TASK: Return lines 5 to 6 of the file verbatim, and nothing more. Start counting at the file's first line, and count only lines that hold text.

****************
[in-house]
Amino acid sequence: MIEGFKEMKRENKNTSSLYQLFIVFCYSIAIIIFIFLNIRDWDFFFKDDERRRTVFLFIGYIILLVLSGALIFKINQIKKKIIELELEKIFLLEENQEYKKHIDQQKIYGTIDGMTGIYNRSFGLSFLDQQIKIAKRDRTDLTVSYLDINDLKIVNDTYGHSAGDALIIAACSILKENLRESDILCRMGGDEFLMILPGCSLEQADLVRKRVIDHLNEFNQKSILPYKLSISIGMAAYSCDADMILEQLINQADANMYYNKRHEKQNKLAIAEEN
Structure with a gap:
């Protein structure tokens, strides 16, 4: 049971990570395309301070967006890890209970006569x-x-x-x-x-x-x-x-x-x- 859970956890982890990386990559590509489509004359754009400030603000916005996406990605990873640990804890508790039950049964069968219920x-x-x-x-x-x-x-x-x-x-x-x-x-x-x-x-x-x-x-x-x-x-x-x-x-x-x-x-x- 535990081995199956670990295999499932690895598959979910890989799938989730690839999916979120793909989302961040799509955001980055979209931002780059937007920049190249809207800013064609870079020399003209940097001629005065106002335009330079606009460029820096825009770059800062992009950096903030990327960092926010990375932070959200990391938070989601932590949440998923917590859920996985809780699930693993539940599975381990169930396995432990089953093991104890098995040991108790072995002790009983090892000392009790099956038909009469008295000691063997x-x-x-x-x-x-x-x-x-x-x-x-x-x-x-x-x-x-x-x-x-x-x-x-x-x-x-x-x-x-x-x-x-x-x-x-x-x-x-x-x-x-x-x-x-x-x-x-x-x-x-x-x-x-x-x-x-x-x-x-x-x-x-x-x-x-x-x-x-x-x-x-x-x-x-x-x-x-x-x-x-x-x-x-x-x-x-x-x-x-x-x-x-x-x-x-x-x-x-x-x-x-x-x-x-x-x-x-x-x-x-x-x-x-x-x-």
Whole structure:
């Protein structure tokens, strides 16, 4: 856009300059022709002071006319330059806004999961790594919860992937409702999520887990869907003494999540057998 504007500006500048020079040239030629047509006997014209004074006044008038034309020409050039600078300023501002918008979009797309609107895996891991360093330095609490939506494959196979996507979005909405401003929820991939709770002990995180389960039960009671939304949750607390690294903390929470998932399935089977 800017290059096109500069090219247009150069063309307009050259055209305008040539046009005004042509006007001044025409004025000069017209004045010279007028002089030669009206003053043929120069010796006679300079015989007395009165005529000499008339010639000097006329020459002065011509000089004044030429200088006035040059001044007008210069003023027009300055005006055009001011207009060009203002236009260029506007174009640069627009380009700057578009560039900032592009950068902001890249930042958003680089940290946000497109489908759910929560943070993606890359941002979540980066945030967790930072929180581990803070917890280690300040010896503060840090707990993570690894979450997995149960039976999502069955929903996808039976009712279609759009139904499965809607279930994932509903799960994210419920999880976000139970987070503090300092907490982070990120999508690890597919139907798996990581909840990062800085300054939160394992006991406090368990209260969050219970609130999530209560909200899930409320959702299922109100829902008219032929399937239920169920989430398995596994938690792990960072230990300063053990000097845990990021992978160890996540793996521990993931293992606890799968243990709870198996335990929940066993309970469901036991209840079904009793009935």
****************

Whole structure:
């Protein structure tokens, strides 16, 4: 856009300059022709002071006319330059806004999961790594919860992937409702999520887990869907003494999540057998 504007500006500048020079040239030629047509006997014209004074006044008038034309020409050039600078300023501002918008979009797309609107895996891991360093330095609490939506494959196979996507979005909405401003929820991939709770002990995180389960039960009671939304949750607390690294903390929470998932399935089977 800017290059096109500069090219247009150069063309307009050259055209305008040539046009005004042509006007001044025409004025000069017209004045010279007028002089030669009206003053043929120069010796006679300079015989007395009165005529000499008339010639000097006329020459002065011509000089004044030429200088006035040059001044007008210069003023027009300055005006055009001011207009060009203002236009260029506007174009640069627009380009700057578009560039900032592009950068902001890249930042958003680089940290946000497109489908759910929560943070993606890359941002979540980066945030967790930072929180581990803070917890280690300040010896503060840090707990993570690894979450997995149960039976999502069955929903996808039976009712279609759009139904499965809607279930994932509903799960994210419920999880976000139970987070503090300092907490982070990120999508690890597919139907798996990581909840990062800085300054939160394992006991406090368990209260969050219970609130999530209560909200899930409320959702299922109100829902008219032929399937239920169920989430398995596994938690792990960072230990300063053990000097845990990021992978160890996540793996521990993931293992606890799968243990709870198996335990929940066993309970469901036991209840079904009793009935």